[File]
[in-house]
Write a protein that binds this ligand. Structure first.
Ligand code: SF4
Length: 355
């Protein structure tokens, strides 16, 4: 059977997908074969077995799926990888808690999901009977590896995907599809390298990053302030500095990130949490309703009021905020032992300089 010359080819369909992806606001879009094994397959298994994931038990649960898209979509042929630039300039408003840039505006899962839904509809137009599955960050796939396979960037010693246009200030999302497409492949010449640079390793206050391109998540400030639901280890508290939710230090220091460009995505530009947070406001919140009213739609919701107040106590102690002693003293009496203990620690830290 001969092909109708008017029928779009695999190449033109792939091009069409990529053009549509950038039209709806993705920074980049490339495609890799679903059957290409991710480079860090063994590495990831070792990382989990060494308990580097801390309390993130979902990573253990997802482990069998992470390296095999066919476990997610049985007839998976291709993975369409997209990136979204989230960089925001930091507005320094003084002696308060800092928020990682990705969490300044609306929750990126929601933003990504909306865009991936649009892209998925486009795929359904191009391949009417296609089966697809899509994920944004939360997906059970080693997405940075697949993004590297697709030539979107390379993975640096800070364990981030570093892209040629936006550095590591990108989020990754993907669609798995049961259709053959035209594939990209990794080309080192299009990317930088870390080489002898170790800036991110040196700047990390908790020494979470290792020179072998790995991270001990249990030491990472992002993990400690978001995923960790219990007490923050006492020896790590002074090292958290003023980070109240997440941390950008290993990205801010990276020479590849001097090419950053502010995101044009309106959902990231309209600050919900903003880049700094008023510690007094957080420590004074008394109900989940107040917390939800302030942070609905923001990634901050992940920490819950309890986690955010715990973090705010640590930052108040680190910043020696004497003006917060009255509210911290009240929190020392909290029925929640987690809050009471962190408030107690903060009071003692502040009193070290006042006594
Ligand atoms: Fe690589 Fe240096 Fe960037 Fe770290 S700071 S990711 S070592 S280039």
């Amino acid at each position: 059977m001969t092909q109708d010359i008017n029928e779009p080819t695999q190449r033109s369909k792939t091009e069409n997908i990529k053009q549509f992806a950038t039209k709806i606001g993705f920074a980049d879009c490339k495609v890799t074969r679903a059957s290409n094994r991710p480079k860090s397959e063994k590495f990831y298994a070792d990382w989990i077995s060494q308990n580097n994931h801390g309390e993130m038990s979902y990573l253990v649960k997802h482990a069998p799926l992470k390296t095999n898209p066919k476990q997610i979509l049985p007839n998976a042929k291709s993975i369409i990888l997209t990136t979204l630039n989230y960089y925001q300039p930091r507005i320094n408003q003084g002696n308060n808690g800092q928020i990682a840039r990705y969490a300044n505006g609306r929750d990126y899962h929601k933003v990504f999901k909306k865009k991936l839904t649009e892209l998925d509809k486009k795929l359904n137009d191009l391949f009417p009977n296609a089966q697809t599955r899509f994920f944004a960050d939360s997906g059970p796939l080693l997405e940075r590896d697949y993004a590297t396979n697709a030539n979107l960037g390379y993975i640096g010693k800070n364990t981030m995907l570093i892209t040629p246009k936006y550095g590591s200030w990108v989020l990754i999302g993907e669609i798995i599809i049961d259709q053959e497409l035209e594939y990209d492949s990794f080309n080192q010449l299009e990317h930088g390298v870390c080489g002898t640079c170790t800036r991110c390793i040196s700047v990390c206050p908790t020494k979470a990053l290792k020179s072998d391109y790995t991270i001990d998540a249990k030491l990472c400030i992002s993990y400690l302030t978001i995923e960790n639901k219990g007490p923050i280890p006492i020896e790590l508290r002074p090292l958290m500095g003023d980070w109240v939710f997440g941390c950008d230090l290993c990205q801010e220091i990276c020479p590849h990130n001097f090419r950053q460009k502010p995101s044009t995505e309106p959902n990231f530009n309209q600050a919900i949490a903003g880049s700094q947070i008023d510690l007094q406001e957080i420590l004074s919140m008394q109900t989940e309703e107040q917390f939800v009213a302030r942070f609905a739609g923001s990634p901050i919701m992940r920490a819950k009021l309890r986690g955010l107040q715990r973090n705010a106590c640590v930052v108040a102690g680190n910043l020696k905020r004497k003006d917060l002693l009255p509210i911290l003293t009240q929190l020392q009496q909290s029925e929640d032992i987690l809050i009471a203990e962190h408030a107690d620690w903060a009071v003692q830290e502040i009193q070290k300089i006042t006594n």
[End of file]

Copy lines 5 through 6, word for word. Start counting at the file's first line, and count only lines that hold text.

């Protein structure tokens, strides 16, 4: 059977997908074969077995799926990888808690999901009977590896995907599809390298990053302030500095990130949490309703009021905020032992300089 010359080819369909992806606001879009094994397959298994994931038990649960898209979509042929630039300039408003840039505006899962839904509809137009599955960050796939396979960037010693246009200030999302497409492949010449640079390793206050391109998540400030639901280890508290939710230090220091460009995505530009947070406001919140009213739609919701107040106590102690002693003293009496203990620690830290 001969092909109708008017029928779009695999190449033109792939091009069409990529053009549509950038039209709806993705920074980049490339495609890799679903059957290409991710480079860090063994590495990831070792990382989990060494308990580097801390309390993130979902990573253990997802482990069998992470390296095999066919476990997610049985007839998976291709993975369409997209990136979204989230960089925001930091507005320094003084002696308060800092928020990682990705969490300044609306929750990126929601933003990504909306865009991936649009892209998925486009795929359904191009391949009417296609089966697809899509994920944004939360997906059970080693997405940075697949993004590297697709030539979107390379993975640096800070364990981030570093892209040629936006550095590591990108989020990754993907669609798995049961259709053959035209594939990209990794080309080192299009990317930088870390080489002898170790800036991110040196700047990390908790020494979470290792020179072998790995991270001990249990030491990472992002993990400690978001995923960790219990007490923050006492020896790590002074090292958290003023980070109240997440941390950008290993990205801010990276020479590849001097090419950053502010995101044009309106959902990231309209600050919900903003880049700094008023510690007094957080420590004074008394109900989940107040917390939800302030942070609905923001990634901050992940920490819950309890986690955010715990973090705010640590930052108040680190910043020696004497003006917060009255509210911290009240929190020392909290029925929640987690809050009471962190408030107690903060009071003692502040009193070290006042006594
Ligand atoms: Fe690589 Fe240096 Fe960037 Fe770290 S700071 S990711 S070592 S280039």